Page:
Archived News

Teacher resigns following alleged sexual activity with student

Teacher resigns following alleged sexual activity with student

UPDATED 1/24/2020: Following several meetings with the alleged victim and family, the District Attorney's Office declined to file charges in this case. Anyone accused of a crime is considered innocent until proven guilty. 

A math teacher at Jackson County Early College has surrendered his teaching license following an investigation into alleged sexual activity with a student at the school. 

Search warrants filed at the Jackson County Courthouse issued April 17, April 18, April 22 and May 1 outline the probable cause for investigating the teacher, who worked at the early college from September 2013 through May 2019. He had previously taught math at Smoky Mountain High School from January 2006 to July 2010, serving as the football coach there from January 2006 to December 2008. 

According to the warrants, Superintendent Kim Elliott filed a report with the Jackson County Sheriff’s Office April 17 after she was informed that a student at the early college had come to one of its counselors earlier that year to talk about text messages she’d been exchanging with the teacher that were “pushing the boundary” of inappropriate.

Over spring break, the counselor said, the student had sent the teacher a text message and sexting photos, with the teacher sending a reply indicating his sexual arousal. The counselor told Elliott that he saw the response from the teacher on the phone of the student, who turned 18 over spring break. The teacher was 49 at the time of the alleged actions. 

In addition, the counselor said, the student told him that she and the teacher met at the Jackson County Airport twice. The first time the two “made out,” and the second time they “were more intimate and there was sexual touching,” the student told the counselor, according to the search warrant. 

During the course of the investigation, detectives seized the teacher’s phone and the counselor’s laptop and logbook. They also searched the student’s phone, digital content from all three parties, the counselor’s office and the Snapchat accounts of both the teacher and the student. 

“Every day, the safety and well-being of more than 3,700 students are entrusted to us,” Elliott said in a press release issued May 23. “I assure you that we do not take that responsibility lightly. We will continue to fully cooperate with law enforcement and follow district policies and procedures that are designed to protect our students.”

According to the press release, none of the “alleged inappropriate actions” took place on Jackson County Public Schools property, and action was taken as soon as the early college principal alerted Elliott about the allegations. Elliott then immediately contacted the sheriff’s office, which initiated an investigation.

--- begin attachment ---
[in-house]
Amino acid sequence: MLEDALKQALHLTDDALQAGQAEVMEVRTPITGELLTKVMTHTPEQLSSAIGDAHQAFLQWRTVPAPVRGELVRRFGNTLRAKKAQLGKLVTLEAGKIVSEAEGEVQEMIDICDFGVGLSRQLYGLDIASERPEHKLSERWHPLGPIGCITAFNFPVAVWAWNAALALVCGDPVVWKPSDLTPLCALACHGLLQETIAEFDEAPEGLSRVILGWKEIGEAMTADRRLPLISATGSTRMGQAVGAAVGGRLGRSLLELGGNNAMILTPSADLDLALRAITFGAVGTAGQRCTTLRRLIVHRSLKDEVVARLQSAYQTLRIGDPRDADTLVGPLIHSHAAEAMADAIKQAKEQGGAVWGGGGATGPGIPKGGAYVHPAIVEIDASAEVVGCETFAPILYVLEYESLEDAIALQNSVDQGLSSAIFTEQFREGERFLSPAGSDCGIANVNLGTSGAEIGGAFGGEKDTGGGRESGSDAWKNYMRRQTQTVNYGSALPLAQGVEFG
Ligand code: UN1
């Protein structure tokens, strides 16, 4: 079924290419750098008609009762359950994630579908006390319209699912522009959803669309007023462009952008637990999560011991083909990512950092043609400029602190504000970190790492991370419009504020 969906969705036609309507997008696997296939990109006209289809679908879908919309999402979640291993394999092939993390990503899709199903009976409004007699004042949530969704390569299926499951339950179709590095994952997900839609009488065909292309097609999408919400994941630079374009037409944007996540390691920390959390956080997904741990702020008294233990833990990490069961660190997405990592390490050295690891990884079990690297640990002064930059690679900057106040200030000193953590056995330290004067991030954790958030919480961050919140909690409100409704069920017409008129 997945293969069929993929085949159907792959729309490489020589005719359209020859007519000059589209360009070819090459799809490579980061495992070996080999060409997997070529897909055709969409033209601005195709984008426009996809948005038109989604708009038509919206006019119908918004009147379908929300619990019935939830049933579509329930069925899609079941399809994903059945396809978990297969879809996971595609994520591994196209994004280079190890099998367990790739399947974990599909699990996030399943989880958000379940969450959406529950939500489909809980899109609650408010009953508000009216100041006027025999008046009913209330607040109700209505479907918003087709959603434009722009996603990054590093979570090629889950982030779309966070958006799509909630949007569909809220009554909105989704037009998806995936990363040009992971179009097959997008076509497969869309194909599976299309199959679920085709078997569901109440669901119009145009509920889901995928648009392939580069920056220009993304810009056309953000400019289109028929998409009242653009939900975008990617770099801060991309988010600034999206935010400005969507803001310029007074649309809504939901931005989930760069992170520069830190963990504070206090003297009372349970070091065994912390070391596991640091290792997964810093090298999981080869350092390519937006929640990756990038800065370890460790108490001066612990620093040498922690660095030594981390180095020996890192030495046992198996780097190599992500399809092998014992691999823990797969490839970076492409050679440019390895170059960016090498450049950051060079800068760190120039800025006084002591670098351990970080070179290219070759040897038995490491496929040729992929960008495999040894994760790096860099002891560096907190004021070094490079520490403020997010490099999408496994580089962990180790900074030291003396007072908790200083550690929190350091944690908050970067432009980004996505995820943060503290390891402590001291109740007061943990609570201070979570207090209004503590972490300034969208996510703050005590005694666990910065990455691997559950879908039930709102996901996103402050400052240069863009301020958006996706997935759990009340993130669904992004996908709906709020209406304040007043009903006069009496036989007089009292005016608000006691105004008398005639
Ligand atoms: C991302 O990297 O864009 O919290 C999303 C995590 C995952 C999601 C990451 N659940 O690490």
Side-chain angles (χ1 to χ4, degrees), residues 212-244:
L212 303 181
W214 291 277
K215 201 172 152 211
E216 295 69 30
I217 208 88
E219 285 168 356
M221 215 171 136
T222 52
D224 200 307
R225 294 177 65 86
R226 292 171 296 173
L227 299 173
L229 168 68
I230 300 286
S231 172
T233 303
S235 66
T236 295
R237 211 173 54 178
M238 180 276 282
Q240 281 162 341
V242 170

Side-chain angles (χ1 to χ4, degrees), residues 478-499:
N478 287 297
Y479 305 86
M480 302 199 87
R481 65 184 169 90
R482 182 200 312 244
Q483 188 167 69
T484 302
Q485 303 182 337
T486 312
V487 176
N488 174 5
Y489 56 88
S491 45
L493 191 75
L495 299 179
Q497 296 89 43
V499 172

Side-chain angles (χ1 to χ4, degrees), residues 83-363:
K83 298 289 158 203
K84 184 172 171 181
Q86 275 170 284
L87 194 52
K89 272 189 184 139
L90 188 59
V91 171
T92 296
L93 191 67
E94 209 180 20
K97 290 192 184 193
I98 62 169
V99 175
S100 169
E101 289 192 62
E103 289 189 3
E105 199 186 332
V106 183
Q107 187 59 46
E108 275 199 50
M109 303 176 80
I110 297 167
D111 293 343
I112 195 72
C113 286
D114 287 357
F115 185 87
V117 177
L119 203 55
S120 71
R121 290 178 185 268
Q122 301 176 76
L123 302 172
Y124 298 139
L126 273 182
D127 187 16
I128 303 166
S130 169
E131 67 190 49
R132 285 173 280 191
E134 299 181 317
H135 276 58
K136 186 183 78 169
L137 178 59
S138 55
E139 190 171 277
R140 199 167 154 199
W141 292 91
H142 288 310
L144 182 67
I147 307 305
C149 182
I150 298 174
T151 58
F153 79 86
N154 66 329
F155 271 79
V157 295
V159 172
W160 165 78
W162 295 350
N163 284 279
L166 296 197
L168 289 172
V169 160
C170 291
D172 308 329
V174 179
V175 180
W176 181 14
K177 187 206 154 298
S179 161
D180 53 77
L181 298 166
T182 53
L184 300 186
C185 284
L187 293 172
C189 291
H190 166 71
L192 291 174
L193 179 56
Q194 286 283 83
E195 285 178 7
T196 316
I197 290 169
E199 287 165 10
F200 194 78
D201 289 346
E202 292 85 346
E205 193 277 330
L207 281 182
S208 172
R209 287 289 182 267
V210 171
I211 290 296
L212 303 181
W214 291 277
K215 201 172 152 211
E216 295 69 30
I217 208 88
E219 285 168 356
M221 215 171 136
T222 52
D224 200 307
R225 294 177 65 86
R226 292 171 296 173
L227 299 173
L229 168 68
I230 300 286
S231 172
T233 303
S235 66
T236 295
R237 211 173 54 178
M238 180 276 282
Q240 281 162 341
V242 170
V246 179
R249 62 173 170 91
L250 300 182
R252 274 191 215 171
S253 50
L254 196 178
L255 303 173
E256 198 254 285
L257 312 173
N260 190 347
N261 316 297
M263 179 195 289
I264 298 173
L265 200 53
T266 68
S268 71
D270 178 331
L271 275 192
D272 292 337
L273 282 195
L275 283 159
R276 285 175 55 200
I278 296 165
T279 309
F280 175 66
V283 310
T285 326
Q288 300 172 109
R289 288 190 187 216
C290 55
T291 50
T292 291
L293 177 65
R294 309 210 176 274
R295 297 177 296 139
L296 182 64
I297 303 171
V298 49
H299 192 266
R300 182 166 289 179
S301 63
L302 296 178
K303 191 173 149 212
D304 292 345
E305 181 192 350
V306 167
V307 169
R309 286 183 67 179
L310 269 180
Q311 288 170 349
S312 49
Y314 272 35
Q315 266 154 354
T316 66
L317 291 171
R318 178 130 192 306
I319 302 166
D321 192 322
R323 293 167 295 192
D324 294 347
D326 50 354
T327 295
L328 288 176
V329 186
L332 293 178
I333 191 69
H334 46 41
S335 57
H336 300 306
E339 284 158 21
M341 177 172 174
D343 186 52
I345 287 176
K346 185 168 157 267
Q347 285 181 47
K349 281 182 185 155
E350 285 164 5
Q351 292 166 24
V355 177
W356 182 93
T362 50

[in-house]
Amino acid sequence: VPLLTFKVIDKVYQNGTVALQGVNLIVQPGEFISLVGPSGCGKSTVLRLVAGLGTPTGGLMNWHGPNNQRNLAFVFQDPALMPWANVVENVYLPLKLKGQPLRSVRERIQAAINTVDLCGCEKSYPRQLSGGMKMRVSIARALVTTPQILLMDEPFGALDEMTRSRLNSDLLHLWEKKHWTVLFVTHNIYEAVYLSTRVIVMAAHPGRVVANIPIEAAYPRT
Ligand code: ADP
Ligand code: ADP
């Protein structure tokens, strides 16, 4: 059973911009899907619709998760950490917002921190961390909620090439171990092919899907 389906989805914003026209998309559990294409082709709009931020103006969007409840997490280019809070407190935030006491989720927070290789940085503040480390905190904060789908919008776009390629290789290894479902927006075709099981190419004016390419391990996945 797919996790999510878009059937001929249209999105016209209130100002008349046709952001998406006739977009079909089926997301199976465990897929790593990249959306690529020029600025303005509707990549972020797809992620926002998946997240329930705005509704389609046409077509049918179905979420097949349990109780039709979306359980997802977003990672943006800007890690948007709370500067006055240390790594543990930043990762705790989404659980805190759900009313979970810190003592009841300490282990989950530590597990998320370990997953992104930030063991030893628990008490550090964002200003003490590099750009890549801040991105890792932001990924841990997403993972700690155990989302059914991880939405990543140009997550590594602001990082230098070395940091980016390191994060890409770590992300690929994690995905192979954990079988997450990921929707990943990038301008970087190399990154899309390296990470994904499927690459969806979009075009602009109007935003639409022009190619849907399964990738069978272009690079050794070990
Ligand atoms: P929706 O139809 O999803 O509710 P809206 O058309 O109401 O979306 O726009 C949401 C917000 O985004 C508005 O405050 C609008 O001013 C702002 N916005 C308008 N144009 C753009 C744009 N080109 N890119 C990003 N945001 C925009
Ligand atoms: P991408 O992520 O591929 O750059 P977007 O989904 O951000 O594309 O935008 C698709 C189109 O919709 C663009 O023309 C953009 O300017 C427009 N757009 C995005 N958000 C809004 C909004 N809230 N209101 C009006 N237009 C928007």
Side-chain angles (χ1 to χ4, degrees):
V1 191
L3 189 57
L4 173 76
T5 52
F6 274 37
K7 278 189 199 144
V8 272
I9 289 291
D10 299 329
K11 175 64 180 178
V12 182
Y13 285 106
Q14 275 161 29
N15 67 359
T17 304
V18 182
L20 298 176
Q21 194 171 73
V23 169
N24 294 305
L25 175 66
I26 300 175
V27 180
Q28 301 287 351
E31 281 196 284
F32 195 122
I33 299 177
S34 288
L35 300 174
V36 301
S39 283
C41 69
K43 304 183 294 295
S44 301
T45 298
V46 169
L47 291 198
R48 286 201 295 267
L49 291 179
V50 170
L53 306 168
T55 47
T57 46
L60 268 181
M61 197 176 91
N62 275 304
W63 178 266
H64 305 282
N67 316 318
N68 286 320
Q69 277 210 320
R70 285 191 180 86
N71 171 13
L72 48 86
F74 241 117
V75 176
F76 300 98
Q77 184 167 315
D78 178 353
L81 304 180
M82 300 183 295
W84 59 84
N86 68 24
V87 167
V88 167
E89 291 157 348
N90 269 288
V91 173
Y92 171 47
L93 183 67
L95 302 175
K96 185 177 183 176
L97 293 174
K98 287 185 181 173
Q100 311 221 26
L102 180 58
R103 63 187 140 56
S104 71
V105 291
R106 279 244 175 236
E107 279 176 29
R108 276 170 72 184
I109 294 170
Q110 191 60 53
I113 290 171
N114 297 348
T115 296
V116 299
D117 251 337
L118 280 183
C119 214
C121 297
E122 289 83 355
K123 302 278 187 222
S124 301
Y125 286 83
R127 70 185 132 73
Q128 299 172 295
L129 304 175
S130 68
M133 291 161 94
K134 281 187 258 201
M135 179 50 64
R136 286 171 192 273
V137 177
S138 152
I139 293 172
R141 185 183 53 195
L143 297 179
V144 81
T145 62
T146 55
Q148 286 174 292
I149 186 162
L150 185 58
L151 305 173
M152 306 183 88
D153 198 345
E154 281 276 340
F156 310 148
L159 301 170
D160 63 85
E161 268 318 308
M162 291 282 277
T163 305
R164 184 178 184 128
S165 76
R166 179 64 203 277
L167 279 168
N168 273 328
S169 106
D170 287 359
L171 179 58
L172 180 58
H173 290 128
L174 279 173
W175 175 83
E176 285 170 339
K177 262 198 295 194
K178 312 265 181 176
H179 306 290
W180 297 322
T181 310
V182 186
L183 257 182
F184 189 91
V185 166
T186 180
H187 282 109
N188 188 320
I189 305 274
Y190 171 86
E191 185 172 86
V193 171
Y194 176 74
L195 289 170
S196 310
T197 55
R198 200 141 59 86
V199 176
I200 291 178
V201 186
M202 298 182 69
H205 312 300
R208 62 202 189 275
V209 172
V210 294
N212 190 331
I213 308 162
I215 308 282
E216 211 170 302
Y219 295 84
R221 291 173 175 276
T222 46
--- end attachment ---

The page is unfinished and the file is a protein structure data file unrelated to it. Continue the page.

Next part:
The teacher was suspended with pay on April 17, the day the alleged conduct was reported. When the sheriff’s investigation was ready for release to the school system, JCPS began its own inquiry, initiated May 2. 

“Due process was followed, and as of May 3, 2019, [the teacher] was no longer an employee with Jackson County Public Schools,” Elliott wrote. “I requested the surrender of his teaching license and [the teacher] complied.”

It has now been more than two months since the alleged conduct was reported, but no charges have yet been filed. However, prosecution is not off the table. 

“We are still evaluating and dealing with that decision,” said District Attorney Ashley Welch. 

The crime that would be involved, should charges be filed, does not have a statute of limitations. 

The Smoky Mountain News reached out to the teacher via email with an opportunity to comment on this story but had not received a reply as of press time. It is the paper’s policy not to identify the victims of alleged sexual crimes. 

Leave a comment

Smokey Mountain News Logo
SUPPORT THE SMOKY MOUNTAIN NEWS AND
INDEPENDENT, AWARD-WINNING JOURNALISM
Go to top
Payment Information

/

At our inception 20 years ago, we chose to be different. Unlike other news organizations, we made the decision to provide in-depth, regional reporting free to anyone who wanted access to it. We don’t plan to change that model. Support from our readers will help us maintain and strengthen the editorial independence that is crucial to our mission to help make Western North Carolina a better place to call home. If you are able, please support The Smoky Mountain News.

The Smoky Mountain News is a wholly private corporation. Reader contributions support the journalistic mission of SMN to remain independent. Your support of SMN does not constitute a charitable donation. If you have a question about contributing to SMN, please contact us.